Inspired by trail running packs, the Camelbak Chase Vest has been purpose built for the minimalist mountain biker that still needs to carry essential tools and spares, along with a decent amount of water. It’s a little different to your average mountain bike backpack though, so we gave one to Rachel Sokal to test out over a variety of riding styles to see where it did, and didn’t perform. Over to Rachel!
Carrying a little bit more than the bear minimum on a ride can be a bit of a problem. Riders can be reluctant to take a full pack as they can be hot, cumbersome and add extra weigh. But strapping bits to your bike only goes so far and doesn’t work very well when it comes to hydration, especially given that many trail bikes don’t have the room in the frame to carry a water bottle.
The lightweight and close-fitting design of the Camelbak Chase Bike Vest Hydration Pack (in the spirit of keeping this review succinct, herein referred to as the ‘Chase’) aims to overcome these issues. Based on the design of the Camelbak’s running vest it’s designed to maximise storage whilst minimising bulk.
The Camelbak Chase Bike Vest Hydration Pack
The Camelbak Chase is a four litre pack with a 1.5 litre bladder. It was originally designed for long hot gravel events but is equally well suited to those enduro and trail riders who want to ride with a light and stable load.
There are seven pockets in total which will accommodate your vital tools, spares, snacks and phone. The pockets are really well designed and give loads of flexibility in how you carry your kit.
Within the main pocket there are zipped mesh compartments that make it easy to see what’s what, there’s a big meshed pocket on the outside which you can stuff a waterproof into and a few other useful fastenings like loops for a pump and a key hook. The stretchiness of the outer pocket means that it isn’t that tough and as you’ll see from the photos I’ve managed to snag a hole in it. The mesh is well designed though and the tear hasn’t run any further so I’ve not bothered to mend it.
By far the most useful pockets are the ones on the front of each of the shoulder straps which are easy to access on the move and swallow a whole lot of stuff. Designed to accommodate a Camelbak collapsible bottle, they’re also plenty big enough for a smart phone, a small wallet and lots of snacks too. I think every riding backpack should have pockets like these.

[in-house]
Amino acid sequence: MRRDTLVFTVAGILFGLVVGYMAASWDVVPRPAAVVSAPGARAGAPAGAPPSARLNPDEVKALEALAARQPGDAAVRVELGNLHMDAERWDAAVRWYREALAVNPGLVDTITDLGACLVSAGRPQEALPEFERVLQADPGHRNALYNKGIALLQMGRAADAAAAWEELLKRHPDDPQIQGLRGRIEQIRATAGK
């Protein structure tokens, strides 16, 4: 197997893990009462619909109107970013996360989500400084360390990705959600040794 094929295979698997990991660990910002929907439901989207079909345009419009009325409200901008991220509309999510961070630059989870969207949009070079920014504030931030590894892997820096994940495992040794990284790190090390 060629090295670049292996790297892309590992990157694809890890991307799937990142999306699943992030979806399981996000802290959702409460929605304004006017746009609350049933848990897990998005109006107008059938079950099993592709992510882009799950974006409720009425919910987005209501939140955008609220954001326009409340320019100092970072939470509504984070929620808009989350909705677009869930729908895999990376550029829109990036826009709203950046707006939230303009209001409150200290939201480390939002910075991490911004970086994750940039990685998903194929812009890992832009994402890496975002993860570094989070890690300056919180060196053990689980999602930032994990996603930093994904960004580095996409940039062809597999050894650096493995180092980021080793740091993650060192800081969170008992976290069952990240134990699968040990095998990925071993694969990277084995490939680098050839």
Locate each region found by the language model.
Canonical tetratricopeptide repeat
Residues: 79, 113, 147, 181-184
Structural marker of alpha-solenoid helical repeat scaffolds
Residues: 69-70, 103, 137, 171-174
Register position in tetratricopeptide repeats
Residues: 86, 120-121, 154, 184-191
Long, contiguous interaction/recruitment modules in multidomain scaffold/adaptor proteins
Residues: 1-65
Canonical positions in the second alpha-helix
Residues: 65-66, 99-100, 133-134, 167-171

The 1.5 litre bladder sits in the main body of the bag and like all Camelbak bladders has a big opening for easy filling and cleaning. The hose runs over the right shoulder and is held in place by two C-clips (these are only on the right so you can’t switch over to be a left-sided sucker). The wide hose means you get a good flow rate and the bite valve and lock work well to prevent any drips. I did find the hose a bit short, which meant it was easy to kink it if I didn’t take it out the clips before drinking which got a bit irritating at times.
The Chase sits high on your back so you can still access your rear pockets if you’re wearing a traditional jersey. Even though it sits high, it manages to keep well out of the way of the rear of your helmet since the pack is so stable and low profile. The pack is secured by a double chest strap mounted on the incredibly broad and stable shoulder straps. There’s a lot of adjustability via two chest straps and another two at the sides meaning the pack has fitted both a shorter and rounder me and a tall and skinnier Other Half very well.
The bag is constructed from a ‘3D vent mesh’ to keep air circulating as much as possible. This seems to work reasonably well but the fact that the pack is so well fitting means that air flow is limited. Despite this I’ve comfortably worn it on some hot days this summer including when racing in the south of Europe and it didn’t overly bother me. I think the fact that only half your back is covered helps but also I don’t tend to get fussed about a sweaty back. As the mesh is quite lightweight it does look like it could be quite vulnerable to scuffs and scrapes but as yet hasn’t shown many signs of wear.
I’ve used the Chase on lots of different types of rides from local blasts, to enduro stage racing to long XC jaunts and it’s been great on all of them. I wouldn’t normally take a pack on a quick local ride, instead preferring to just stuff things in my jersey or jacket pockets with a bottle or two on my bike. The Chase doesn’t hold much more than this but it makes getting out a lot quicker, and my stuff is far more secure (I haven’t yet lost my phone or door key out my rear pocket but it’s only a matter of time).
For longer XC rides I’ve used it to double up on the capacity that my pockets and water bottles can store and so have been able to stay out longer without needing a full pack. But where I’ve found the Chase to be at its best is for enduro racing as it’s so much more stable than a larger pack and doesn’t carry the risk (boom-tish!) of strapping things to your bike.
The Camelbak Chase is a neat and well-fitting pack that keeps your essential kit safe and stable whilst you’re tapping out the miles or hooning it down an enduro stage. The pockets are well designed to give lots of flexibility in how you store your stuff and there’s an excellent flow rate from the bladder.
No, this isn’t a burly, carry-everything-all-day-long trail pack, but for sub-2 hour rides and long distance racing, it is a very practical and comfortable option.
|Product:||Chase Bike Vest|
|Tested:||by Rachel Sokal for 12 months|
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